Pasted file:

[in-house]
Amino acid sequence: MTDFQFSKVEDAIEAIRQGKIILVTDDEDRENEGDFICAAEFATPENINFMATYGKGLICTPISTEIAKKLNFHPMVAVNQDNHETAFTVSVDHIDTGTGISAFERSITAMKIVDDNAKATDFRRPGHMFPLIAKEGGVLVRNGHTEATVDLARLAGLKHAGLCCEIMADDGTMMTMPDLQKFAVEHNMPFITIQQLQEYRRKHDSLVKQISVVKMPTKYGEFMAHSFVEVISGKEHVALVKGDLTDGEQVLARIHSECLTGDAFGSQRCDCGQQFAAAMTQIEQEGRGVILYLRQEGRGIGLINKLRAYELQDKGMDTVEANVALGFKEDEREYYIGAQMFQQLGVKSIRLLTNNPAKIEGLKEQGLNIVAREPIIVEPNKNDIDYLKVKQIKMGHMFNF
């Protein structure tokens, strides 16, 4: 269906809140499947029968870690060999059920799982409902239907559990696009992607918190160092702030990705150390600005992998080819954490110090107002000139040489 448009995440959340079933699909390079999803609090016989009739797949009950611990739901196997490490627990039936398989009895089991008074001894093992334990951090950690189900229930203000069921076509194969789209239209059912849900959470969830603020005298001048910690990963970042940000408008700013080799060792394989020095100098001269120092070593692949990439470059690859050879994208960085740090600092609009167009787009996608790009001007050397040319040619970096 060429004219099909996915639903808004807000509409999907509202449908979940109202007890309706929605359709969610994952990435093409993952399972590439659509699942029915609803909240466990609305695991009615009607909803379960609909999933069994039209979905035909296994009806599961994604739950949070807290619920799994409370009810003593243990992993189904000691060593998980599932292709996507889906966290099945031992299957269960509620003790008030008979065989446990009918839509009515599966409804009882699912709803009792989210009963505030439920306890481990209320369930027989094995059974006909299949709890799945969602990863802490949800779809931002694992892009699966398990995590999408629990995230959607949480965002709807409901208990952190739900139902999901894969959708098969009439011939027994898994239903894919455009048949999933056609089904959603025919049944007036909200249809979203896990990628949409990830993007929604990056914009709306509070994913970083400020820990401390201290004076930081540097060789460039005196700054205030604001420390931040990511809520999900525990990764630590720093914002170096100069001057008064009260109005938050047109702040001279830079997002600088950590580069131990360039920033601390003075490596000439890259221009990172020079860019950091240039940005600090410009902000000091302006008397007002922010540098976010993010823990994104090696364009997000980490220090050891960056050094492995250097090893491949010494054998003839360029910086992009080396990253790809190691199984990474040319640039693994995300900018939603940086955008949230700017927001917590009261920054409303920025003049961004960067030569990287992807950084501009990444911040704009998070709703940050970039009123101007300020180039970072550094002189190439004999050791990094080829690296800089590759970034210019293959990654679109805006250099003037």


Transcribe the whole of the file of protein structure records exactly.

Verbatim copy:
[in-house]
Amino acid sequence: MTDFQFSKVEDAIEAIRQGKIILVTDDEDRENEGDFICAAEFATPENINFMATYGKGLICTPISTEIAKKLNFHPMVAVNQDNHETAFTVSVDHIDTGTGISAFERSITAMKIVDDNAKATDFRRPGHMFPLIAKEGGVLVRNGHTEATVDLARLAGLKHAGLCCEIMADDGTMMTMPDLQKFAVEHNMPFITIQQLQEYRRKHDSLVKQISVVKMPTKYGEFMAHSFVEVISGKEHVALVKGDLTDGEQVLARIHSECLTGDAFGSQRCDCGQQFAAAMTQIEQEGRGVILYLRQEGRGIGLINKLRAYELQDKGMDTVEANVALGFKEDEREYYIGAQMFQQLGVKSIRLLTNNPAKIEGLKEQGLNIVAREPIIVEPNKNDIDYLKVKQIKMGHMFNF
């Protein structure tokens, strides 16, 4: 269906809140499947029968870690060999059920799982409902239907559990696009992607918190160092702030990705150390600005992998080819954490110090107002000139040489 448009995440959340079933699909390079999803609090016989009739797949009950611990739901196997490490627990039936398989009895089991008074001894093992334990951090950690189900229930203000069921076509194969789209239209059912849900959470969830603020005298001048910690990963970042940000408008700013080799060792394989020095100098001269120092070593692949990439470059690859050879994208960085740090600092609009167009787009996608790009001007050397040319040619970096 060429004219099909996915639903808004807000509409999907509202449908979940109202007890309706929605359709969610994952990435093409993952399972590439659509699942029915609803909240466990609305695991009615009607909803379960609909999933069994039209979905035909296994009806599961994604739950949070807290619920799994409370009810003593243990992993189904000691060593998980599932292709996507889906966290099945031992299957269960509620003790008030008979065989446990009918839509009515599966409804009882699912709803009792989210009963505030439920306890481990209320369930027989094995059974006909299949709890799945969602990863802490949800779809931002694992892009699966398990995590999408629990995230959607949480965002709807409901208990952190739900139902999901894969959708098969009439011939027994898994239903894919455009048949999933056609089904959603025919049944007036909200249809979203896990990628949409990830993007929604990056914009709306509070994913970083400020820990401390201290004076930081540097060789460039005196700054205030604001420390931040990511809520999900525990990764630590720093914002170096100069001057008064009260109005938050047109702040001279830079997002600088950590580069131990360039920033601390003075490596000439890259221009990172020079860019950091240039940005600090410009902000000091302006008397007002922010540098976010993010823990994104090696364009997000980490220090050891960056050094492995250097090893491949010494054998003839360029910086992009080396990253790809190691199984990474040319640039693994995300900018939603940086955008949230700017927001917590009261920054409303920025003049961004960067030569990287992807950084501009990444911040704009998070709703940050970039009123101007300020180039970072550094002189190439004999050791990094080829690296800089590759970034210019293959990654679109805006250099003037």